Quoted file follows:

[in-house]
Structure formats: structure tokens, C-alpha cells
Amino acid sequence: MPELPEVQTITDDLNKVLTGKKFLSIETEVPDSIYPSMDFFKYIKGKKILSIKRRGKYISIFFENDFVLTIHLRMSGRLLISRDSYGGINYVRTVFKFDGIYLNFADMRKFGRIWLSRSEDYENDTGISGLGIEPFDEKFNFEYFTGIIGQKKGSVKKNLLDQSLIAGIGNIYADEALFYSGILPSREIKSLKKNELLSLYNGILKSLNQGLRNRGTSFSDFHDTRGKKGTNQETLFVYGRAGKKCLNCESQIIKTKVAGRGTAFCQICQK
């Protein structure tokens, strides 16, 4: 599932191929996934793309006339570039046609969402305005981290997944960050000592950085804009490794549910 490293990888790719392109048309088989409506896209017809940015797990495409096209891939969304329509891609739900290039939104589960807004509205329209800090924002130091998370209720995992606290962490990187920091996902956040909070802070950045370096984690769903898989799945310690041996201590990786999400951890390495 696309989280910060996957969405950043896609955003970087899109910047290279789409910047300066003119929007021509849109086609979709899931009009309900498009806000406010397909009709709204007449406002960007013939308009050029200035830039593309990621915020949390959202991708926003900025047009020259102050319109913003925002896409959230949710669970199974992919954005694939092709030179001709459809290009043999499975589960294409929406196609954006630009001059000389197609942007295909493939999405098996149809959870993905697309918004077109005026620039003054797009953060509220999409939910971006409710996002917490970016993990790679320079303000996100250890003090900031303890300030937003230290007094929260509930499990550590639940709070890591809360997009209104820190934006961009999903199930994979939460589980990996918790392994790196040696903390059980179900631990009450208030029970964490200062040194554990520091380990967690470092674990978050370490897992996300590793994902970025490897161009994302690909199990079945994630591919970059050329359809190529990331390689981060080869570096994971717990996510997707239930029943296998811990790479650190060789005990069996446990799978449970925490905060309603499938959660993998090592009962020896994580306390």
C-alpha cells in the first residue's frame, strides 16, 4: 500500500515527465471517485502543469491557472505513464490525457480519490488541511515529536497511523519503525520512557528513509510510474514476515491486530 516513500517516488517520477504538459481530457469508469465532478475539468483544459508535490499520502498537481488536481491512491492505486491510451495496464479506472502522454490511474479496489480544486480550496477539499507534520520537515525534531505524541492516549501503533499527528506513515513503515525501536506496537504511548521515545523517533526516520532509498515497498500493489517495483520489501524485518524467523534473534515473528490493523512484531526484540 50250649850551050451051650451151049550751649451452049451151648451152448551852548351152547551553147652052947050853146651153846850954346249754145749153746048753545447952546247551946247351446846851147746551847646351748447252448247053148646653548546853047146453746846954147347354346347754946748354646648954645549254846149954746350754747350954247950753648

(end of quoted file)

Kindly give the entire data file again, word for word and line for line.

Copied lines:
[in-house]
Structure formats: structure tokens, C-alpha cells
Amino acid sequence: MPELPEVQTITDDLNKVLTGKKFLSIETEVPDSIYPSMDFFKYIKGKKILSIKRRGKYISIFFENDFVLTIHLRMSGRLLISRDSYGGINYVRTVFKFDGIYLNFADMRKFGRIWLSRSEDYENDTGISGLGIEPFDEKFNFEYFTGIIGQKKGSVKKNLLDQSLIAGIGNIYADEALFYSGILPSREIKSLKKNELLSLYNGILKSLNQGLRNRGTSFSDFHDTRGKKGTNQETLFVYGRAGKKCLNCESQIIKTKVAGRGTAFCQICQK
């Protein structure tokens, strides 16, 4: 599932191929996934793309006339570039046609969402305005981290997944960050000592950085804009490794549910 490293990888790719392109048309088989409506896209017809940015797990495409096209891939969304329509891609739900290039939104589960807004509205329209800090924002130091998370209720995992606290962490990187920091996902956040909070802070950045370096984690769903898989799945310690041996201590990786999400951890390495 696309989280910060996957969405950043896609955003970087899109910047290279789409910047300066003119929007021509849109086609979709899931009009309900498009806000406010397909009709709204007449406002960007013939308009050029200035830039593309990621915020949390959202991708926003900025047009020259102050319109913003925002896409959230949710669970199974992919954005694939092709030179001709459809290009043999499975589960294409929406196609954006630009001059000389197609942007295909493939999405098996149809959870993905697309918004077109005026620039003054797009953060509220999409939910971006409710996002917490970016993990790679320079303000996100250890003090900031303890300030937003230290007094929260509930499990550590639940709070890591809360997009209104820190934006961009999903199930994979939460589980990996918790392994790196040696903390059980179900631990009450208030029970964490200062040194554990520091380990967690470092674990978050370490897992996300590793994902970025490897161009994302690909199990079945994630591919970059050329359809190529990331390689981060080869570096994971717990996510997707239930029943296998811990790479650190060789005990069996446990799978449970925490905060309603499938959660993998090592009962020896994580306390």
C-alpha cells in the first residue's frame, strides 16, 4: 500500500515527465471517485502543469491557472505513464490525457480519490488541511515529536497511523519503525520512557528513509510510474514476515491486530 516513500517516488517520477504538459481530457469508469465532478475539468483544459508535490499520502498537481488536481491512491492505486491510451495496464479506472502522454490511474479496489480544486480550496477539499507534520520537515525534531505524541492516549501503533499527528506513515513503515525501536506496537504511548521515545523517533526516520532509498515497498500493489517495483520489501524485518524467523534473534515473528490493523512484531526484540 50250649850551050451051650451151049550751649451452049451151648451152448551852548351152547551553147652052947050853146651153846850954346249754145749153746048753545447952546247551946247351446846851147746551847646351748447252448247053148646653548546853047146453746846954147347354346347754946748354646648954645549254846149954746350754747350954247950753648